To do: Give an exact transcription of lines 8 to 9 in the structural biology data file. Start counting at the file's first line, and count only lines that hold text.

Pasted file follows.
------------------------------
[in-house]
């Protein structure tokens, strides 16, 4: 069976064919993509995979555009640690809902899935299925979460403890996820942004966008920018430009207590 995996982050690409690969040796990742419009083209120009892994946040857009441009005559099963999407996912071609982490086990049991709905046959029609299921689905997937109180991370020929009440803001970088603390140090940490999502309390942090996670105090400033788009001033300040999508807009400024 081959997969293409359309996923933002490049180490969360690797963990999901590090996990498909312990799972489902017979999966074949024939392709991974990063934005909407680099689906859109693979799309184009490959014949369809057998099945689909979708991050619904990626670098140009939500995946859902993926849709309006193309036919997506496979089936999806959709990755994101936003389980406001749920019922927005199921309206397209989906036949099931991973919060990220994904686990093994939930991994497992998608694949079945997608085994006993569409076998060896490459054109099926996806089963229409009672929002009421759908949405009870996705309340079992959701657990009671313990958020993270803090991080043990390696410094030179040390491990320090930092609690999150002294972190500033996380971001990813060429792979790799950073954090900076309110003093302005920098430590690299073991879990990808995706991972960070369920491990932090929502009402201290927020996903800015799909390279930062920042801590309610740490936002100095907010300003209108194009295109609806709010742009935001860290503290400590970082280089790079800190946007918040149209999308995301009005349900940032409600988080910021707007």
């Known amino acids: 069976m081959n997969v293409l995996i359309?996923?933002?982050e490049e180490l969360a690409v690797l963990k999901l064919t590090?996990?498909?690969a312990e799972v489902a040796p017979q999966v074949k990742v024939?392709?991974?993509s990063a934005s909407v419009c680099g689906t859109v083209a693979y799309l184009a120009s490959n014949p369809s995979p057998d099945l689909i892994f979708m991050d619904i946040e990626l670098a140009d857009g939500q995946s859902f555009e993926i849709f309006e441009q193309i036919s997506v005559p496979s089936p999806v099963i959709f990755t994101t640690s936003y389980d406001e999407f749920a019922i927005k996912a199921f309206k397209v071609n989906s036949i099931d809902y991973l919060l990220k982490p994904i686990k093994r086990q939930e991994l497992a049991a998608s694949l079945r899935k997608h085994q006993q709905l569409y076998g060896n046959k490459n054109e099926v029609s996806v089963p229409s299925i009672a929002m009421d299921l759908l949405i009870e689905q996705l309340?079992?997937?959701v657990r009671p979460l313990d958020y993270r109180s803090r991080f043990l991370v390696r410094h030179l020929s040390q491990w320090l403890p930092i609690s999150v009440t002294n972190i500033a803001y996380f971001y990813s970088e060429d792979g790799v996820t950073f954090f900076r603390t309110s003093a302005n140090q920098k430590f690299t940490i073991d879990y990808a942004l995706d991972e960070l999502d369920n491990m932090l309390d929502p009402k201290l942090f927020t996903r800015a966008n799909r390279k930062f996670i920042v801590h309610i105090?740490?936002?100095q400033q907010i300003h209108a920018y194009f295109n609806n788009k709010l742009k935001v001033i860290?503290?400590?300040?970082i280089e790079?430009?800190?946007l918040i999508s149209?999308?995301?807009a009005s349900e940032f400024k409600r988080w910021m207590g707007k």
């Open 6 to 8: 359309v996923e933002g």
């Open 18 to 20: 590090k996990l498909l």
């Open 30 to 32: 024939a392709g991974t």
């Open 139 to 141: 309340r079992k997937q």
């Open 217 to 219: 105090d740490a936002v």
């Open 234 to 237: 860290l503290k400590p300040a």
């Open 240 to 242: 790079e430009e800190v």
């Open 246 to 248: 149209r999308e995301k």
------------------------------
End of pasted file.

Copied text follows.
């Open 217 to 219: 105090d740490a936002v």
């Open 234 to 237: 860290l503290k400590p300040a």